Katniss Everdeen voluntarily takes her younger sister's place in the Hunger Games, a televised fight to the death in which two teenagers from each of the twelve Districts of Panem are chosen at random to compete.
Harry, Ron, and Hermione continue their quest of finding and destroying the Dark Lord's three remaining Horcruxes, the magical items responsible for his immortality. But as the mystical Deathly Hallows are uncovered, and Voldemort finds out about their mission, the biggest battle begins and life as they know it will never be the same again. Written by
According to David Heyman, the film's assembly/workprint was 5.5 hours, and the shooting script was close to 500 pages. This also explained why the film was split into two. See more »
The pillow behind Griphook changes position during the Shell Cottage scene. See more »
[looking at landscape around Shell Cottage from doorway]
It's beautiful here.
It was our aunt's. We used to come here as kids. The order uses it now as a safe house. What's left of us at least.
[looking at wind chime made of shells]
Muggles think these keep away evil, but they're wrong.
I need to talk to the goblin.
See more »
A flashback to the final scene of the previous film, in which Voldemort steals the Elder Wand from Dumbledore's tomb, is shown even before the Warner Bros. shield. See more »
As many people have already seen, Harry Potter and the Deathly Hallows, Part 2 is out in Theaters. I will not spoil this film for you if you have not seen it yet. I will let you form your own conclusions as to whether you wish to see it or not.
As everyone knows, this is the last film in the Harry Potter franchise, started 10 years ago with Mr. Chris Columbus at the helm. Many people credit the third film of the series, Prisoner of Azkaban, as the moment the franchise went from made for children to a more mainstream, mature audience. I have to give major credit to Mr. Columbus though as without him, the visions, actors, and feel of what we know within the films would not have been created.
Several years later, we are at the end of an epic journey. We have laughed, cried, looked on with awe and inspiration. Mr. David Yates returns to his role and directs a wonderful end to J.K. Rowling's loved works of literature.
To explain how I felt while watching this film is difficult to achieve. I was enthralled from the opening scene to the start of the credits. Very few films capture me like that where I am so in tuned with the story. Star Trek (2009), Inception, and Avatar are a few of the movies in which I have found myself repeat visits due to wanting to see parts of the movie that I have missed along the way.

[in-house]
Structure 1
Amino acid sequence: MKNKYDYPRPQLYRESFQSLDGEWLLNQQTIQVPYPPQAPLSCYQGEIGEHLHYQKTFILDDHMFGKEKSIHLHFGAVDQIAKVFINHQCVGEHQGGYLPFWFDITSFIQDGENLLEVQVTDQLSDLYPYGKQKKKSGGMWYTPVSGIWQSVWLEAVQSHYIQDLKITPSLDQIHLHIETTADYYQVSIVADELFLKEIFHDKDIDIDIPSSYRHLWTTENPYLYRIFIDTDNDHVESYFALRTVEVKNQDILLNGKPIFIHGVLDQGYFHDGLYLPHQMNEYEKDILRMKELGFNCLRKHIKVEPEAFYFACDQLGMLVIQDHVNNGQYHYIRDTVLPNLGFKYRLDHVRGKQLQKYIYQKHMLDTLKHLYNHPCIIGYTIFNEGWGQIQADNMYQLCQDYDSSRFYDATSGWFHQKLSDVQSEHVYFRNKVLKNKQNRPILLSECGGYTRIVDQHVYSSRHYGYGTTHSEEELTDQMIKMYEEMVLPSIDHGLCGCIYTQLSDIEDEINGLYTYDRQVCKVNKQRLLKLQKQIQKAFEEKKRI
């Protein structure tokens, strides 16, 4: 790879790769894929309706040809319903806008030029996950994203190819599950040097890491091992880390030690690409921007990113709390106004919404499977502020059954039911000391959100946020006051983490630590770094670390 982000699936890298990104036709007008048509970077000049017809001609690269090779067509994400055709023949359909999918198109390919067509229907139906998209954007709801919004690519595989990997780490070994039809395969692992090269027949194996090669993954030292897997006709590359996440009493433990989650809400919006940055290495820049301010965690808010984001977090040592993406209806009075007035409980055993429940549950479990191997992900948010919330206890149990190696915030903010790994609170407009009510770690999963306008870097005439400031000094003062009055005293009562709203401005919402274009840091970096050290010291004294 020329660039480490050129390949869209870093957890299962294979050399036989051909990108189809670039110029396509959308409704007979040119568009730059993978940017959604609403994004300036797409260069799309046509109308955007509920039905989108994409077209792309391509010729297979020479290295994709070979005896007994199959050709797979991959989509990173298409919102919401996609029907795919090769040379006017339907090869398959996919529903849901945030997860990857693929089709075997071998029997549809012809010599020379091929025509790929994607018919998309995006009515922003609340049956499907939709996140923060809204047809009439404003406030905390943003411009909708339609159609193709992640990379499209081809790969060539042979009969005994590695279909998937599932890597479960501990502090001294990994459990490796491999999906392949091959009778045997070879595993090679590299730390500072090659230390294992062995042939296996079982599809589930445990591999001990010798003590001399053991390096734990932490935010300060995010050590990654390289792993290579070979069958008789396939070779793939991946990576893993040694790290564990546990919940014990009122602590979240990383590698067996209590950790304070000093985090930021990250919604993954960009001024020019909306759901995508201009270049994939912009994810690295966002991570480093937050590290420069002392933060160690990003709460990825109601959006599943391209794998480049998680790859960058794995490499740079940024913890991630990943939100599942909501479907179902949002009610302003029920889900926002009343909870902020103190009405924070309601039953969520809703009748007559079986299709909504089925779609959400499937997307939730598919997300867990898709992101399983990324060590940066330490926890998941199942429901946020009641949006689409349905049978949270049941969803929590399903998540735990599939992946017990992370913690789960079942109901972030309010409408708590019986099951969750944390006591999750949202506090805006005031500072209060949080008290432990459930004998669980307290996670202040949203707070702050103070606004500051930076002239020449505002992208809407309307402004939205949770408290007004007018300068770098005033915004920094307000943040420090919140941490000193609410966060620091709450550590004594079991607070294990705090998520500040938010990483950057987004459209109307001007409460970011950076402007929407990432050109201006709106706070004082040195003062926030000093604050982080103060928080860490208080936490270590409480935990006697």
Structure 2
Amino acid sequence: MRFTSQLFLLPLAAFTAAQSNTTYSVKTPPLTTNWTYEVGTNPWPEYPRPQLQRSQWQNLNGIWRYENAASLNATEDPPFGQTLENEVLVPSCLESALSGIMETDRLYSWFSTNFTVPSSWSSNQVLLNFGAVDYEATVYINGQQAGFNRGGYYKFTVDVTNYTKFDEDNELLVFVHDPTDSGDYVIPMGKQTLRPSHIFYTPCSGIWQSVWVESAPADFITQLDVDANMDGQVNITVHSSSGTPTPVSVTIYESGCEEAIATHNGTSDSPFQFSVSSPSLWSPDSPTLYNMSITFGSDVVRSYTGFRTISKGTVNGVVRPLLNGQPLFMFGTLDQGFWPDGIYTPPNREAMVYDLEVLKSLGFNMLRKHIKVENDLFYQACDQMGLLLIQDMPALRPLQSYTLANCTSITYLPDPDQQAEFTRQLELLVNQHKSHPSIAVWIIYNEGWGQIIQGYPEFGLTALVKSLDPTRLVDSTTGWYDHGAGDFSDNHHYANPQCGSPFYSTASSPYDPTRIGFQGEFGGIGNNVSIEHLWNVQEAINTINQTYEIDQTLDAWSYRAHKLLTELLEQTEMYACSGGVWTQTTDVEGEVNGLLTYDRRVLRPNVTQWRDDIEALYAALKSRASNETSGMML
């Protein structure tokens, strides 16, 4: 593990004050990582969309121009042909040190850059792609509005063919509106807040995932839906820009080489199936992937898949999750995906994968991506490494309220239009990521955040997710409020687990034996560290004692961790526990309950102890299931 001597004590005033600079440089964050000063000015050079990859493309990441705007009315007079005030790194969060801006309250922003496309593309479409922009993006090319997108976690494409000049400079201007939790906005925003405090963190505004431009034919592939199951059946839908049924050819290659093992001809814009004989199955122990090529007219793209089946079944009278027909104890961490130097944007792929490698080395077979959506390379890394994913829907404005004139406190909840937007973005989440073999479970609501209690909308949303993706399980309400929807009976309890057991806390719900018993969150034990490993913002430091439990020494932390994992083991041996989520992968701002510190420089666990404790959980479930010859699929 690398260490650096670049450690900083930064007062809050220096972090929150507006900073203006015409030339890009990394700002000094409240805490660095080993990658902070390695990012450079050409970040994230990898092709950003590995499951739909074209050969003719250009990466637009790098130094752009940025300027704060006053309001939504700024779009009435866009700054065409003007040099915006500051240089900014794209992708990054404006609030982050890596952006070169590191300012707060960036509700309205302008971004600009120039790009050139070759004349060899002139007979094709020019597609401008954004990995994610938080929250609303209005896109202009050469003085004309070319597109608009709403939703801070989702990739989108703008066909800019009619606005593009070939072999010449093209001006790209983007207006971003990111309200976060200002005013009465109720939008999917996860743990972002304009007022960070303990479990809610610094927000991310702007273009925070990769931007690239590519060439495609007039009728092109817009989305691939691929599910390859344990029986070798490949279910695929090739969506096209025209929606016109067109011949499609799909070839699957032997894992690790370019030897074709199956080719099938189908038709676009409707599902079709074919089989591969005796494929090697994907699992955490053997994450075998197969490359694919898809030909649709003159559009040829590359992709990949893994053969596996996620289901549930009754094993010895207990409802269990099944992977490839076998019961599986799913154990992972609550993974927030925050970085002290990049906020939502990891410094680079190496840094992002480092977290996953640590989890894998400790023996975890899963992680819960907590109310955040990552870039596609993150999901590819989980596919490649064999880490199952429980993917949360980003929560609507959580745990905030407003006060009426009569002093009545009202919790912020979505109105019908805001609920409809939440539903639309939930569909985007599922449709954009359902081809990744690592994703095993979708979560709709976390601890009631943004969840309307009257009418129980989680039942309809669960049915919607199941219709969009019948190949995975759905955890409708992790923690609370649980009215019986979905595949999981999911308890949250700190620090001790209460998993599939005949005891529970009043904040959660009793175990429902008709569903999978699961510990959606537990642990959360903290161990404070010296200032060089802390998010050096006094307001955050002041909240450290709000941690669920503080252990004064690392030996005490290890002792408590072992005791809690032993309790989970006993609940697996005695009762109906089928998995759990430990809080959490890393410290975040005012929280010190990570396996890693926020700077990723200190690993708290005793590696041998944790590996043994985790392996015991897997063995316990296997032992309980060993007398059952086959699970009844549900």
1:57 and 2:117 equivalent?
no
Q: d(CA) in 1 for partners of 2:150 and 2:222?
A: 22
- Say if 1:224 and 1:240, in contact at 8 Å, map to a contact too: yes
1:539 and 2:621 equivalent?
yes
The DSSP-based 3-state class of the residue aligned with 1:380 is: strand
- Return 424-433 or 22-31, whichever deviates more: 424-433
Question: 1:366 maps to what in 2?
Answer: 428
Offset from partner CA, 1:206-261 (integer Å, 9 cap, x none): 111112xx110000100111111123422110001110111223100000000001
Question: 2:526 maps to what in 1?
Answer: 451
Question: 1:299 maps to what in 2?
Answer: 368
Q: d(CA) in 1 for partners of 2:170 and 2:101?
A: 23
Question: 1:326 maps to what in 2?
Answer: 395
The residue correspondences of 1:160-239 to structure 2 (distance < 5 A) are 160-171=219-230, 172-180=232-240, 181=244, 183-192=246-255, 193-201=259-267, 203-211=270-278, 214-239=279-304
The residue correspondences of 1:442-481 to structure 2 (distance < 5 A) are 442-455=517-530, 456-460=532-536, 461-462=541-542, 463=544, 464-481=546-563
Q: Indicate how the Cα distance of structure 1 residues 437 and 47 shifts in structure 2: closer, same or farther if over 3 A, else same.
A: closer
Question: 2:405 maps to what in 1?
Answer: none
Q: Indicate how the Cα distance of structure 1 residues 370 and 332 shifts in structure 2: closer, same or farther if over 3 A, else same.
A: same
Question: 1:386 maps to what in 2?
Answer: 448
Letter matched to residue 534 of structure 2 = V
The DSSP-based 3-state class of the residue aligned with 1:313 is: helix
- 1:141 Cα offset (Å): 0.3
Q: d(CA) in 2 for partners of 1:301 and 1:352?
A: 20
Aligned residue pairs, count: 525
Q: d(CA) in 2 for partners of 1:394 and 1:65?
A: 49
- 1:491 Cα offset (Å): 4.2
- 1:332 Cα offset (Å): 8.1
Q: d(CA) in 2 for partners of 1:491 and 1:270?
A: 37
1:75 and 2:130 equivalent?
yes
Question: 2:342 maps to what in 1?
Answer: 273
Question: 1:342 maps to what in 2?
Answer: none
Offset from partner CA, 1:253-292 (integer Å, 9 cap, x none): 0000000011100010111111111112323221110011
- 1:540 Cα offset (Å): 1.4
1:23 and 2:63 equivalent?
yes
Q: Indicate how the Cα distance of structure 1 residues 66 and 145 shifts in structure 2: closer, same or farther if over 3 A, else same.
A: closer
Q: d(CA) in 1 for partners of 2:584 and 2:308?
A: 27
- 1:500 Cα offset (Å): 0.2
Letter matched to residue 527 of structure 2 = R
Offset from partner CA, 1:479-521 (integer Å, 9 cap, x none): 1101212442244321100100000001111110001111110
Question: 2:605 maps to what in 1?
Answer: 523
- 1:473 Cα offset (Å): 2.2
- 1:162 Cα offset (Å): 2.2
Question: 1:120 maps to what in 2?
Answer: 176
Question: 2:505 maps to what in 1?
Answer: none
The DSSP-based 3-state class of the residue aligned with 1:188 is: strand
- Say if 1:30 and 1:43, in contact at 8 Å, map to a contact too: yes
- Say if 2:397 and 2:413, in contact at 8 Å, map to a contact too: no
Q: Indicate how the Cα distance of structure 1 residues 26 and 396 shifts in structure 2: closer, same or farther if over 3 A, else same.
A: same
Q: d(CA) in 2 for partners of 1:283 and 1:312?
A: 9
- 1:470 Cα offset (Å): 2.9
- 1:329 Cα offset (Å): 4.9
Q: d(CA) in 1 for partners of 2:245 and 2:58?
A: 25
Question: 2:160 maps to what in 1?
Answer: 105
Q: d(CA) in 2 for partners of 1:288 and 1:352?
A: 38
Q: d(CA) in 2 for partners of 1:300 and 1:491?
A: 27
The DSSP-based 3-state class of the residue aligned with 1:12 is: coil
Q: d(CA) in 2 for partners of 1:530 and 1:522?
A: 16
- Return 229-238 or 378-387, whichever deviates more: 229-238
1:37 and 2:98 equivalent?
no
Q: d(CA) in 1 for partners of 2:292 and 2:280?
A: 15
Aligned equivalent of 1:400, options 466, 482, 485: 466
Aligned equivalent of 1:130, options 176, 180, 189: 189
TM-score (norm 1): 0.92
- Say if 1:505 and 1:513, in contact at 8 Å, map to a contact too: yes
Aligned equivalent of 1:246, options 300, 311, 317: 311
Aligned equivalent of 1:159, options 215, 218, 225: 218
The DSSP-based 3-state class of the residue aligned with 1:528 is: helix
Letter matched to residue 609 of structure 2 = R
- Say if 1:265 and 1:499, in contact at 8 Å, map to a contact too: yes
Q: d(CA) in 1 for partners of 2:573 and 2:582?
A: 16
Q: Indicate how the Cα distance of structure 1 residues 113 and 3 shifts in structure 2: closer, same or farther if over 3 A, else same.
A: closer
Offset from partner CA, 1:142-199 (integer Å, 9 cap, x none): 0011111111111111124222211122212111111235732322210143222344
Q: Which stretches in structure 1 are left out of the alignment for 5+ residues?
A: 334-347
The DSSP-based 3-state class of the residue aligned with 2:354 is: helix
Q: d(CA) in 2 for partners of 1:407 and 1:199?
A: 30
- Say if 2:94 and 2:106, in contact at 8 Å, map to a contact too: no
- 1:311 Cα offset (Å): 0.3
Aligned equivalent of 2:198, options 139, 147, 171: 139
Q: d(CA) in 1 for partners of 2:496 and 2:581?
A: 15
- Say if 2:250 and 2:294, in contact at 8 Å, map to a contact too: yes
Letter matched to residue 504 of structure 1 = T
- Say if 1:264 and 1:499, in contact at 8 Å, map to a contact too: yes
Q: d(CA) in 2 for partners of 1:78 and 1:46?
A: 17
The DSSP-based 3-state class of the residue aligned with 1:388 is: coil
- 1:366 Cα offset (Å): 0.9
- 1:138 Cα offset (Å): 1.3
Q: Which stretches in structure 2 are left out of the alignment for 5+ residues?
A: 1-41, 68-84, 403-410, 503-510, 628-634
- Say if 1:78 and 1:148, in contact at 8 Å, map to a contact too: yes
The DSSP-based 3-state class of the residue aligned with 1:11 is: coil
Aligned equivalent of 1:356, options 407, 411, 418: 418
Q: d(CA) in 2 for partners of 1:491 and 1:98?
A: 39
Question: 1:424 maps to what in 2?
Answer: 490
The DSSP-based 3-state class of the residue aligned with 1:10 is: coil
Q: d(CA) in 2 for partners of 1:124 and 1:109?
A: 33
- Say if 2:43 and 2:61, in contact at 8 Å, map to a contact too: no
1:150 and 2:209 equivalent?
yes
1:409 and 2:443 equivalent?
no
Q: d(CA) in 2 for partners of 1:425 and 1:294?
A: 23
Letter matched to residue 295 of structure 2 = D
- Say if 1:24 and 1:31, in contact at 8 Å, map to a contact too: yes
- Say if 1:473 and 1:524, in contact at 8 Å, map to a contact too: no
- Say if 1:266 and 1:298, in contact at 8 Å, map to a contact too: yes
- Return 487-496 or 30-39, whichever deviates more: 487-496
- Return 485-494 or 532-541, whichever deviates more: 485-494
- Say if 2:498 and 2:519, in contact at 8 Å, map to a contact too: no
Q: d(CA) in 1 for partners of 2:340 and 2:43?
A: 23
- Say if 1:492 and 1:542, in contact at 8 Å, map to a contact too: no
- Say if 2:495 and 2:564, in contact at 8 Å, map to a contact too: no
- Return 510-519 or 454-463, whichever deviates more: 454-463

The film takes you on a roller coaster ride starting off slow, until you reach the first action sequence, then rushes headstrong into another series of scenes, focusing mostly on Harry and his charge of destroying the horcruxes. This is Harry's story. This is his moment to set the wizarding world right.
Along the way, several characters stand out. Nevil Longbottom (Matthew Lewis) makes a stand and Professor McGonagall goes to war. There are many moments in which supporting cast members take the foreground for a moment or two, but it is still Harry's story throughout the movie.
I have to applaud Alan Rickman for his portrayal of Professor Snape. He has always amused me in every movie and he doesn't fail here. Another film to see how great of an actor he is (besides Die Hard and Galaxy Quest); Bottle Shock.
Now, was it a perfect movie. No. The CG at points looked amateurish and some of the dialog didn't fit well into the movie. Does it deter you from enjoying the experience. It shouldn't. These are just little things that annoy me.
If you read the books, which I am sure most of you have, the story doesn't follow the book as well as it did in Part 1. I have yet to see any movie adaption of a well loved book ever faithfully follow the book to the letter. Even Game of Thrones didn't follow the books to the letter, but it did a good job.
Enjoy the movie for what it is: A satisfactory end to a magical, coming of age, story.
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